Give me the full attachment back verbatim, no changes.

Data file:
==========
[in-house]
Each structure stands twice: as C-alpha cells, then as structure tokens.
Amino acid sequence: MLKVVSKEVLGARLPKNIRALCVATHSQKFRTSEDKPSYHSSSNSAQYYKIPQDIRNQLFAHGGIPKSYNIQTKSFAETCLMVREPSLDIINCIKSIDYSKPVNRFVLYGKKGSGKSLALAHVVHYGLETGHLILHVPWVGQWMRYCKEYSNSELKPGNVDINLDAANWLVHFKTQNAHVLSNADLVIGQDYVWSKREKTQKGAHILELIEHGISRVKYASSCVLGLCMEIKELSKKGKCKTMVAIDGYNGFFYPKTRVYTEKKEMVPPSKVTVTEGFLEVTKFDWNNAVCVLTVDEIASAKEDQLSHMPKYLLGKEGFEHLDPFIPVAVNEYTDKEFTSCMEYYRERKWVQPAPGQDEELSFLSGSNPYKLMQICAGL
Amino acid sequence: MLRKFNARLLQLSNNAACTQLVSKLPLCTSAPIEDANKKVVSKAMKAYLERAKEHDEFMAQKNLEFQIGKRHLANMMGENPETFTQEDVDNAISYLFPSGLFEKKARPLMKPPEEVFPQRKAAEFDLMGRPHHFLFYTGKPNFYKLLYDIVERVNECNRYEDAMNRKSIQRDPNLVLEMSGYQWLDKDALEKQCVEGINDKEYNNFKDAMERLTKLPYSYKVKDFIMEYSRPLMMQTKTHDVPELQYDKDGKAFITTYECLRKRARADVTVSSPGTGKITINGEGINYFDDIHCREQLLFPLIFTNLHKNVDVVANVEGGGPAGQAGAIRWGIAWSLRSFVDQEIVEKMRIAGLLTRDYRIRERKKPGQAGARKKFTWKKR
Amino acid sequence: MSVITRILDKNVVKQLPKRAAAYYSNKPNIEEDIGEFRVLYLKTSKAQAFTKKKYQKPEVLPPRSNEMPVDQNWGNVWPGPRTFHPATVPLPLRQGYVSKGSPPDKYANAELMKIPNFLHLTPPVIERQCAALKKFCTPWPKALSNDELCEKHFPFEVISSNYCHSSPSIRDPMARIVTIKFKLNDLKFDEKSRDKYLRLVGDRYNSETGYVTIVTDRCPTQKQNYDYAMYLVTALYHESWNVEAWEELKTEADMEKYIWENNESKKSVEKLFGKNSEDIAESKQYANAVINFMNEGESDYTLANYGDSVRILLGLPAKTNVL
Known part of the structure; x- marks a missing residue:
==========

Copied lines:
[in-house]
Each structure stands twice: as C-alpha cells, then as structure tokens.
Amino acid sequence: MLKVVSKEVLGARLPKNIRALCVATHSQKFRTSEDKPSYHSSSNSAQYYKIPQDIRNQLFAHGGIPKSYNIQTKSFAETCLMVREPSLDIINCIKSIDYSKPVNRFVLYGKKGSGKSLALAHVVHYGLETGHLILHVPWVGQWMRYCKEYSNSELKPGNVDINLDAANWLVHFKTQNAHVLSNADLVIGQDYVWSKREKTQKGAHILELIEHGISRVKYASSCVLGLCMEIKELSKKGKCKTMVAIDGYNGFFYPKTRVYTEKKEMVPPSKVTVTEGFLEVTKFDWNNAVCVLTVDEIASAKEDQLSHMPKYLLGKEGFEHLDPFIPVAVNEYTDKEFTSCMEYYRERKWVQPAPGQDEELSFLSGSNPYKLMQICAGL
Amino acid sequence: MLRKFNARLLQLSNNAACTQLVSKLPLCTSAPIEDANKKVVSKAMKAYLERAKEHDEFMAQKNLEFQIGKRHLANMMGENPETFTQEDVDNAISYLFPSGLFEKKARPLMKPPEEVFPQRKAAEFDLMGRPHHFLFYTGKPNFYKLLYDIVERVNECNRYEDAMNRKSIQRDPNLVLEMSGYQWLDKDALEKQCVEGINDKEYNNFKDAMERLTKLPYSYKVKDFIMEYSRPLMMQTKTHDVPELQYDKDGKAFITTYECLRKRARADVTVSSPGTGKITINGEGINYFDDIHCREQLLFPLIFTNLHKNVDVVANVEGGGPAGQAGAIRWGIAWSLRSFVDQEIVEKMRIAGLLTRDYRIRERKKPGQAGARKKFTWKKR
Amino acid sequence: MSVITRILDKNVVKQLPKRAAAYYSNKPNIEEDIGEFRVLYLKTSKAQAFTKKKYQKPEVLPPRSNEMPVDQNWGNVWPGPRTFHPATVPLPLRQGYVSKGSPPDKYANAELMKIPNFLHLTPPVIERQCAALKKFCTPWPKALSNDELCEKHFPFEVISSNYCHSSPSIRDPMARIVTIKFKLNDLKFDEKSRDKYLRLVGDRYNSETGYVTIVTDRCPTQKQNYDYAMYLVTALYHESWNVEAWEELKTEADMEKYIWENNESKKSVEKLFGKNSEDIAESKQYANAVINFMNEGESDYTLANYGDSVRILLGLPAKTNVL
Known part of the structure; x- marks a missing residue: